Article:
Marshall University said a major expansion project is in jeopardy, all because of a mayor's veto.
A $140 million of construction is at stake, along with the jobs and taxes it would create.
Marshall needed a small alley and an abandoned street to clear the way for a recreation building and a new engineering center.
City Council approved the sale of the small properties for $10,000, but Mayor David Felinton used his veto power to reject the offer, and that could derail the entire project.
Crews worked to remove the final pieces of the foundation of 20th Street Baptist Church, clearing the way for a new recreation center at Marshall, but close by there's a small city owned alley put a halt to construction.
Marshall needed that alley and part of the former Elm Street at another site and agreed to pay $10,000 for both locations.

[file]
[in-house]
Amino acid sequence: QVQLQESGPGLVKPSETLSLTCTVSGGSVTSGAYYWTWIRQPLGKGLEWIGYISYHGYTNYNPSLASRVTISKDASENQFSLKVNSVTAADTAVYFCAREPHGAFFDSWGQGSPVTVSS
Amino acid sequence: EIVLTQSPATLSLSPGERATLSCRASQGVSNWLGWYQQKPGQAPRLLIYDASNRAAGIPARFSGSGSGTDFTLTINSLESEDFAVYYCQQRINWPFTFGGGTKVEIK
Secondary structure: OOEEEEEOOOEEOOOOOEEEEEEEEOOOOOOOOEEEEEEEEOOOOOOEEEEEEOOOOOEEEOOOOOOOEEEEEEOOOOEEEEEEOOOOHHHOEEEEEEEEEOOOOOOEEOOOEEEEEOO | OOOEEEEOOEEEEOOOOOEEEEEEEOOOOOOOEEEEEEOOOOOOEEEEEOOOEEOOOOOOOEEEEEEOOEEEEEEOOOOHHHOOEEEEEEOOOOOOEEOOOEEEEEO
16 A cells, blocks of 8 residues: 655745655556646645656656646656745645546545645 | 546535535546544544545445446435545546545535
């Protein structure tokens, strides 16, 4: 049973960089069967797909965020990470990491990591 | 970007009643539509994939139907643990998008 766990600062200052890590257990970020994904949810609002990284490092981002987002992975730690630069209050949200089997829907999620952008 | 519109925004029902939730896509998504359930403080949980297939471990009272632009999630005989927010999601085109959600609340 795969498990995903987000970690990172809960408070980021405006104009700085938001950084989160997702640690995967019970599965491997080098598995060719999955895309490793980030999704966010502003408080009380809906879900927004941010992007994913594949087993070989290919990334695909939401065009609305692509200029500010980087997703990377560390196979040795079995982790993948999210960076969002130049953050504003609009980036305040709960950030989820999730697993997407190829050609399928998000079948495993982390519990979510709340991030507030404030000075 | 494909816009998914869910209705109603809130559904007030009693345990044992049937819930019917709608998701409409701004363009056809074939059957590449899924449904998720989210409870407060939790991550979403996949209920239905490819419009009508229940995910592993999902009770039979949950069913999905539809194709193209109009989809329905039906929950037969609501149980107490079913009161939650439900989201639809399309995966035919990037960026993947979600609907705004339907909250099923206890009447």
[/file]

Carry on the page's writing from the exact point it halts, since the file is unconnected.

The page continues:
Mayor David Felinton, however, said another appraisal shows the true value of the alleys at $184,000 and said he won't take less than a midway offer of $97,000 for both sites.
Felinton's said even condemned Artisan Avenue properties cost more than what Marshall is willing to pay for the alleys.
Marshall’s Board of Governor's said the mayor is missing the point at many levels.
The mayor changed his mind, which stunned Marshall.
Menice Ketchum said the alley properties can't be used like a normal commercial lot and are of value only to Marshall.
Ironically, the project will create almost $2 million in B and O taxes for the city just from the construction alone-- money the city will lose if this doesn't happen.
The mayor said there's no way this could stop construction, he believes Marshall is bluffing.
City Council will meet next Monday to consider overriding the mayor's veto, allowing the $10,000 sale and the project to go ahead.